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### Integrals versus Antiderivatives

```
Date: 02/24/2001 at 12:46:11
From: Matt Orseske
Subject: Calculus

What is the difference between an integral and an antiderivative?
```

```
Date: 02/25/2001 at 15:01:59
From: Doctor Fenton
Subject: Re: Calculus

Hi Matt,

Thanks for writing to Dr. Math. This is a very good question, since
the difference seems to be glossed over in many courses today.

An integral is a number associated with a function, what is usually
called a "definite integral." It is defined by a limiting process. You
generally learn Riemann integration first, but if you continue in
mathematics, you may encounter other types of integrals such as the
Lebesgue integral, the Denjoy integral, the Daniell integral, etc.

But each shares this property of associating with each suitable
function on a given domain a number. The definition of this process
has nothing to do with differentiation. For Riemann integrals in one
dimension, you form "Riemann sums" by dividing the domain into small
intervals and approximating the area bounded by the x-axis, the
vertical lines at the ends of the subinterval, and the function graph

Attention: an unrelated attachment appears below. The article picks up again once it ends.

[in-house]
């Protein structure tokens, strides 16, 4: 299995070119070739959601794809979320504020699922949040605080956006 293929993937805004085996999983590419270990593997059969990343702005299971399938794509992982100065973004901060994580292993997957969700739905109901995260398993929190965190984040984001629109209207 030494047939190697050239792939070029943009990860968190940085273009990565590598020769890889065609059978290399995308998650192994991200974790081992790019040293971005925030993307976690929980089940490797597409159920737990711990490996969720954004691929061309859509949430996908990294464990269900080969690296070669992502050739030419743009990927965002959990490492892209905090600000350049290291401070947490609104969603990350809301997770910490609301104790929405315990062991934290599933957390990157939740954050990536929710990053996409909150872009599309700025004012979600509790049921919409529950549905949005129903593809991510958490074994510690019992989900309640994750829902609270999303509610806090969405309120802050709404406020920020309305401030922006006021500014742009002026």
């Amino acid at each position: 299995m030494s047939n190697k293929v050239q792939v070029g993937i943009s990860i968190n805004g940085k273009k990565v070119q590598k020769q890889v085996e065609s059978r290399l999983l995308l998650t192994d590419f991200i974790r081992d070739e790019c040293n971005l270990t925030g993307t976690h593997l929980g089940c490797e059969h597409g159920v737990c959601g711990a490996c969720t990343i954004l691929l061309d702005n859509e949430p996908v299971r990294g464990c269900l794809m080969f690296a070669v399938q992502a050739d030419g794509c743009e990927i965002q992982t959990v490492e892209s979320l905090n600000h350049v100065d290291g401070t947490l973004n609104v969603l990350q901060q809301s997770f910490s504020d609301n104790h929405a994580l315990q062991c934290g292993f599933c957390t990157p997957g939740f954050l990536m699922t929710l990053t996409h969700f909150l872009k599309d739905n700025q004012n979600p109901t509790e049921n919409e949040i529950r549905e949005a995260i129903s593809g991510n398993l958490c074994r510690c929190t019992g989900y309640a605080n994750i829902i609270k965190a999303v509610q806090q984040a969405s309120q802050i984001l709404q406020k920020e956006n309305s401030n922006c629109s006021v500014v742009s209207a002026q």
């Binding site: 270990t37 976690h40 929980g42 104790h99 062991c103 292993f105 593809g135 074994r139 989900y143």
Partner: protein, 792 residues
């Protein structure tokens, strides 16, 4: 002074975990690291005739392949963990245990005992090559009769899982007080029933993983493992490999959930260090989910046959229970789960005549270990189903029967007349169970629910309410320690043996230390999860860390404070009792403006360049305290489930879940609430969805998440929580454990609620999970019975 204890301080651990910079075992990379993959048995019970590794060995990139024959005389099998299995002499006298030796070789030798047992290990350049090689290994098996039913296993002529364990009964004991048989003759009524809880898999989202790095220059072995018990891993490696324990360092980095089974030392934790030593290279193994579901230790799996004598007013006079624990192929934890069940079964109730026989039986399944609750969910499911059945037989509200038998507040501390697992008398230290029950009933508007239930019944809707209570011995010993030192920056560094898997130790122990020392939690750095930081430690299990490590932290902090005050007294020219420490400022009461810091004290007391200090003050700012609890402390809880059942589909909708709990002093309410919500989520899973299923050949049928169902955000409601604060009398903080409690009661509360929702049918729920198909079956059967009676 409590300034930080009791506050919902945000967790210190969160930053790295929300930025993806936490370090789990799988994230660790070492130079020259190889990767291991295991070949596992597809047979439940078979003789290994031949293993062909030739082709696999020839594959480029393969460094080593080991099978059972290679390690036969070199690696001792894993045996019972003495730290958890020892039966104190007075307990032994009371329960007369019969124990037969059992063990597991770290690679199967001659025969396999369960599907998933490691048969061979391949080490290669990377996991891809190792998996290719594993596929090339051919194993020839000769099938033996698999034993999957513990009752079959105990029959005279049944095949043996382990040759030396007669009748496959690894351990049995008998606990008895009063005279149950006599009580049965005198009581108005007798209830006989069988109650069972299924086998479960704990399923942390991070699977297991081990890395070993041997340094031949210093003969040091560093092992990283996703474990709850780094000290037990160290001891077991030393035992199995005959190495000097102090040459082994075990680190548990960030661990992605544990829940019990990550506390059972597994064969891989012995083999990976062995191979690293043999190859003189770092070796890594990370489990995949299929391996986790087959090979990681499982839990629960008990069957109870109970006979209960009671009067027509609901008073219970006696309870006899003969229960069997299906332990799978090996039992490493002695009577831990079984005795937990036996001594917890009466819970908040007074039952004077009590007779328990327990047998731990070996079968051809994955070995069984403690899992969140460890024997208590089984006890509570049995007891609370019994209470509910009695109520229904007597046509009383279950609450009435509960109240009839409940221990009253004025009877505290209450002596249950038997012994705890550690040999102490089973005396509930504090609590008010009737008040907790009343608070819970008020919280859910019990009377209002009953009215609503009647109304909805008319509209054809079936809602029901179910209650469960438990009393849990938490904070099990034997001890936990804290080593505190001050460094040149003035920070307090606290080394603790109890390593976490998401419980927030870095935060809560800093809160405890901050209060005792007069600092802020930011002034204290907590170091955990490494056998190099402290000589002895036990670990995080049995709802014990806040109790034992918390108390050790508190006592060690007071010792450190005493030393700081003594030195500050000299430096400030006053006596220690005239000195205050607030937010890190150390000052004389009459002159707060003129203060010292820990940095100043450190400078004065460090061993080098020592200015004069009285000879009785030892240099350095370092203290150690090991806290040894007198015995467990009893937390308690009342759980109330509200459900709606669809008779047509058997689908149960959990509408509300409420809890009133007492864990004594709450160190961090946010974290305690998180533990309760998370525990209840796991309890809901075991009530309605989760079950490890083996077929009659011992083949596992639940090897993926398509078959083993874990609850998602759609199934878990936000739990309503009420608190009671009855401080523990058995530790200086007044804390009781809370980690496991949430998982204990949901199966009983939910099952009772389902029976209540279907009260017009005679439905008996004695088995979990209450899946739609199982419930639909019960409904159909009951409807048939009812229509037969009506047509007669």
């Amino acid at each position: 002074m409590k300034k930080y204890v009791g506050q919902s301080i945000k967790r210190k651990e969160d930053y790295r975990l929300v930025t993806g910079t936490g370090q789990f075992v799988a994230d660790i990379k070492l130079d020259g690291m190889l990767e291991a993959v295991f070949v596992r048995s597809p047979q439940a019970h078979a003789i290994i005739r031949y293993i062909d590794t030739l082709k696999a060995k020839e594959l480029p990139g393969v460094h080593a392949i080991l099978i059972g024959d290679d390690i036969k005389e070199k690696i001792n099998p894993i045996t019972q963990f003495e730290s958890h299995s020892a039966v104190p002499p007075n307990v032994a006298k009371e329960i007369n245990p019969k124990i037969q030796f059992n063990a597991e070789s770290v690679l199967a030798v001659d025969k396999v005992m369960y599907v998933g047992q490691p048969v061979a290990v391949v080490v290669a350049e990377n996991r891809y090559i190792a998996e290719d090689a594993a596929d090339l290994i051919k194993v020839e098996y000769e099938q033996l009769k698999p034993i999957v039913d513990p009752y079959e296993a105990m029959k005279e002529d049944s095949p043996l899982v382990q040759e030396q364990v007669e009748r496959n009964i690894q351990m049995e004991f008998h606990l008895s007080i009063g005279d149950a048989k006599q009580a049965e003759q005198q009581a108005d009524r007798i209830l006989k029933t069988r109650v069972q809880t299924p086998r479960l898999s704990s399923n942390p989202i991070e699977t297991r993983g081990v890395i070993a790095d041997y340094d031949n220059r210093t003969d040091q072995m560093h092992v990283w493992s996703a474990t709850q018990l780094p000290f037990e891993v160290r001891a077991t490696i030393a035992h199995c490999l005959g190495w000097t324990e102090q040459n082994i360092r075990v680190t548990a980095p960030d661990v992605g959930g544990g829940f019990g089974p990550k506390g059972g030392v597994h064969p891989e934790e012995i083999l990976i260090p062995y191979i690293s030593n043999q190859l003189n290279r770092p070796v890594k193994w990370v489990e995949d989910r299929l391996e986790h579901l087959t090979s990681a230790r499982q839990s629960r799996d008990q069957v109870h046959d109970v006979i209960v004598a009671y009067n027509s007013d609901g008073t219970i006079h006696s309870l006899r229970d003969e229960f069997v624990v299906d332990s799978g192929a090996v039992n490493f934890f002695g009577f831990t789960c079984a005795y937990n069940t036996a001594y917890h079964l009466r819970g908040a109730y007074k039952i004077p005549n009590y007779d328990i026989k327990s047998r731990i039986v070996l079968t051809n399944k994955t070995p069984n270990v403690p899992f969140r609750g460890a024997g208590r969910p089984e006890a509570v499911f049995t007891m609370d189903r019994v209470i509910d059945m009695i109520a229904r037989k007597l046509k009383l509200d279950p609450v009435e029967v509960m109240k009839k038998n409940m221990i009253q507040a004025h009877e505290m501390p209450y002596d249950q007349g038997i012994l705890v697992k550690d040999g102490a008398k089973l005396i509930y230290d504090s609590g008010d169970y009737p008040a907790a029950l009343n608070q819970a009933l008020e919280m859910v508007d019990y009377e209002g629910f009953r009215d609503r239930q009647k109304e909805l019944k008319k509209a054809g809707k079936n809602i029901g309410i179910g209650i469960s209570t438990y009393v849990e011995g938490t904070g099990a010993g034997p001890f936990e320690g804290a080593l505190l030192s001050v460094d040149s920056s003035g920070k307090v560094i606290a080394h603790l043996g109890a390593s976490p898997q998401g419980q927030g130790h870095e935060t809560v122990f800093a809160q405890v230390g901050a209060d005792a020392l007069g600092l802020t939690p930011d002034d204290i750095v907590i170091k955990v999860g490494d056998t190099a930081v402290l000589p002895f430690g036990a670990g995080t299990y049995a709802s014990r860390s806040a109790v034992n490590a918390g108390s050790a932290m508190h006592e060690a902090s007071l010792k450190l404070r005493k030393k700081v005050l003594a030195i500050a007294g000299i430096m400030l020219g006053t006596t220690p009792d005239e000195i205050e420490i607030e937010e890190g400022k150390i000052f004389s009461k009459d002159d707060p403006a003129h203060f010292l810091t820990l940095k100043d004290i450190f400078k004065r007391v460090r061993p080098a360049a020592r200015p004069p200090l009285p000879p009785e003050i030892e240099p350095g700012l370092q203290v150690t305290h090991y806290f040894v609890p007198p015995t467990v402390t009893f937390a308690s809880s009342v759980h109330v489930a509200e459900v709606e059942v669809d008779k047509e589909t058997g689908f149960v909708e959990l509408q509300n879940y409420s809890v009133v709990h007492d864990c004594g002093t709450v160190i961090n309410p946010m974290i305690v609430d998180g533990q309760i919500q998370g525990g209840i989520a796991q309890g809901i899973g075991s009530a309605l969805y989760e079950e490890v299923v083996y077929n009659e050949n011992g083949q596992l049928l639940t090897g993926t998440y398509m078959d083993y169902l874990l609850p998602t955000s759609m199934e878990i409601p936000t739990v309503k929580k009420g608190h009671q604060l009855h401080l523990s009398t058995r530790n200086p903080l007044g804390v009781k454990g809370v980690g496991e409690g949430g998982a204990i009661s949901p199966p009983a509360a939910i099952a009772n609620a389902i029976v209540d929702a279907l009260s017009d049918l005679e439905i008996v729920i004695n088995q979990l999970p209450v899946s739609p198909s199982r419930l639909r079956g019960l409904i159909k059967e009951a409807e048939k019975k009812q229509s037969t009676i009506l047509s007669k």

by the area of a rectangle, bounded by the x-axis, the vertical lines,
and a horizontal line at the height of f(x) at some point in the
subinterval.

For Riemann integrals, there is the remarkable Fundamental Theorem of
Calculus, which says that if F(x) is an anti-derivative of f(x), then

b
/
| f(x) dx = F(b) - F(a)
/
a

This says that we can calculate the number (the "integral") associated
with f(x) on the interval [a,b] if we know an antiderivative F(x). For
this reason, many people indicate the antidifferentiation process by a
similar notation, and call it "indefinite integration". They write:

/
| f(x)dx = F(x)     (or F(x)+C , since any two antiderivatives
/                     differ by a constant)

In higher dimensions, there is no Fundamental Theorem of Calculus
connecting multiple integrals with partial derivatives, so there isn't
an "antidifferentiation" process for functions of several variables.
The closest correspondence would probably the Divergence Theorem or
Stokes Theorem, which connect integrals of certain specific forms over
a volume or surface to lower dimensional integrals of related
integrands over the boundaries of those volumes or surfaces.

Other integrals such as the Lebesgue integral do not have anything
similar to the Fundamental Theorem of Calculus. For computation,
however, since a Riemann-integrable function on a bounded interval is
also Lebesgue-integrable, and their values are equal, Lebesgue
integrals are often calculated as Riemann integrals by using the FTC.
Multiple integrals can often be evaluated as iterated (or repeated)
one-dimensional integrals so that the usual techniques can be used,
but this doesn't always work.

specific you wanted to know? If you have further questions, please
write again.

- Doctor Fenton, The Math Forum
http://mathforum.org/dr.math/
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Associated Topics:
High School Calculus

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